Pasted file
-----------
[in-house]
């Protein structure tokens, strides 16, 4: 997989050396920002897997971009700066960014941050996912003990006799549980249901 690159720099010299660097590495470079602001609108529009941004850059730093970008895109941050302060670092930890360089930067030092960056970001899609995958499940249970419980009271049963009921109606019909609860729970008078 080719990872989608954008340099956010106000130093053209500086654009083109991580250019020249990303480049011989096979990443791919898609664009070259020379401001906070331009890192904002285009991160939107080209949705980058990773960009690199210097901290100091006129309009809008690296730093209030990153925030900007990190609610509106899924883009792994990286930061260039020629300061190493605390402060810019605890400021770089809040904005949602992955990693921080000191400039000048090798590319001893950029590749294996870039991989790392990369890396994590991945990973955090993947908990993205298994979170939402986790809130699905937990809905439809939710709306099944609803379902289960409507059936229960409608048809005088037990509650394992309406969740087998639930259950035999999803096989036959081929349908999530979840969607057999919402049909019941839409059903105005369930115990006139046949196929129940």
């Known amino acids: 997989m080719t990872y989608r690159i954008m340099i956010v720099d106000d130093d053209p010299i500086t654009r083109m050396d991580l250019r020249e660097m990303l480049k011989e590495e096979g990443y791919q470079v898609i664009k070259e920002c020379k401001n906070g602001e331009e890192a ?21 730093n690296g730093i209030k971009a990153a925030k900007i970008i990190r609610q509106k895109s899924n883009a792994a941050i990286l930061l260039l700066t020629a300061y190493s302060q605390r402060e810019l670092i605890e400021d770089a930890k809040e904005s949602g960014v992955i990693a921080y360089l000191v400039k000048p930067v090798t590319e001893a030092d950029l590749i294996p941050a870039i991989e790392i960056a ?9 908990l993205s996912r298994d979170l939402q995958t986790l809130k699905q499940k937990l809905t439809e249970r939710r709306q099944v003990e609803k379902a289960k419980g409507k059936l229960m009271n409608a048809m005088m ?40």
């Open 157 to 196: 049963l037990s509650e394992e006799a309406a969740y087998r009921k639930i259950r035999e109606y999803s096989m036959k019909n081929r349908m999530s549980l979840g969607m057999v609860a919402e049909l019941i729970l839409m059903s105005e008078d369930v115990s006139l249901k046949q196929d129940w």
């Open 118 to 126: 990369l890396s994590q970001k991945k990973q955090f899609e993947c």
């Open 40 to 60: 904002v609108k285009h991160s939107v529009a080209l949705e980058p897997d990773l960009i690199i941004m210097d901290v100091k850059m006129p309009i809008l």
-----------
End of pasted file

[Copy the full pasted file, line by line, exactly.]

[in-house]
């Protein structure tokens, strides 16, 4: 997989050396920002897997971009700066960014941050996912003990006799549980249901 690159720099010299660097590495470079602001609108529009941004850059730093970008895109941050302060670092930890360089930067030092960056970001899609995958499940249970419980009271049963009921109606019909609860729970008078 080719990872989608954008340099956010106000130093053209500086654009083109991580250019020249990303480049011989096979990443791919898609664009070259020379401001906070331009890192904002285009991160939107080209949705980058990773960009690199210097901290100091006129309009809008690296730093209030990153925030900007990190609610509106899924883009792994990286930061260039020629300061190493605390402060810019605890400021770089809040904005949602992955990693921080000191400039000048090798590319001893950029590749294996870039991989790392990369890396994590991945990973955090993947908990993205298994979170939402986790809130699905937990809905439809939710709306099944609803379902289960409507059936229960409608048809005088037990509650394992309406969740087998639930259950035999999803096989036959081929349908999530979840969607057999919402049909019941839409059903105005369930115990006139046949196929129940």
């Known amino acids: 997989m080719t990872y989608r690159i954008m340099i956010v720099d106000d130093d053209p010299i500086t654009r083109m050396d991580l250019r020249e660097m990303l480049k011989e590495e096979g990443y791919q470079v898609i664009k070259e920002c020379k401001n906070g602001e331009e890192a ?21 730093n690296g730093i209030k971009a990153a925030k900007i970008i990190r609610q509106k895109s899924n883009a792994a941050i990286l930061l260039l700066t020629a300061y190493s302060q605390r402060e810019l670092i605890e400021d770089a930890k809040e904005s949602g960014v992955i990693a921080y360089l000191v400039k000048p930067v090798t590319e001893a030092d950029l590749i294996p941050a870039i991989e790392i960056a ?9 908990l993205s996912r298994d979170l939402q995958t986790l809130k699905q499940k937990l809905t439809e249970r939710r709306q099944v003990e609803k379902a289960k419980g409507k059936l229960m009271n409608a048809m005088m ?40």
């Open 157 to 196: 049963l037990s509650e394992e006799a309406a969740y087998r009921k639930i259950r035999e109606y999803s096989m036959k019909n081929r349908m999530s549980l979840g969607m057999v609860a919402e049909l019941i729970l839409m059903s105005e008078d369930v115990s006139l249901k046949q196929d129940w």
């Open 118 to 126: 990369l890396s994590q970001k991945k990973q955090f899609e993947c």
């Open 40 to 60: 904002v609108k285009h991160s939107v529009a080209l949705e980058p897997d990773l960009i690199i941004m210097d901290v100091k850059m006129p309009i809008l």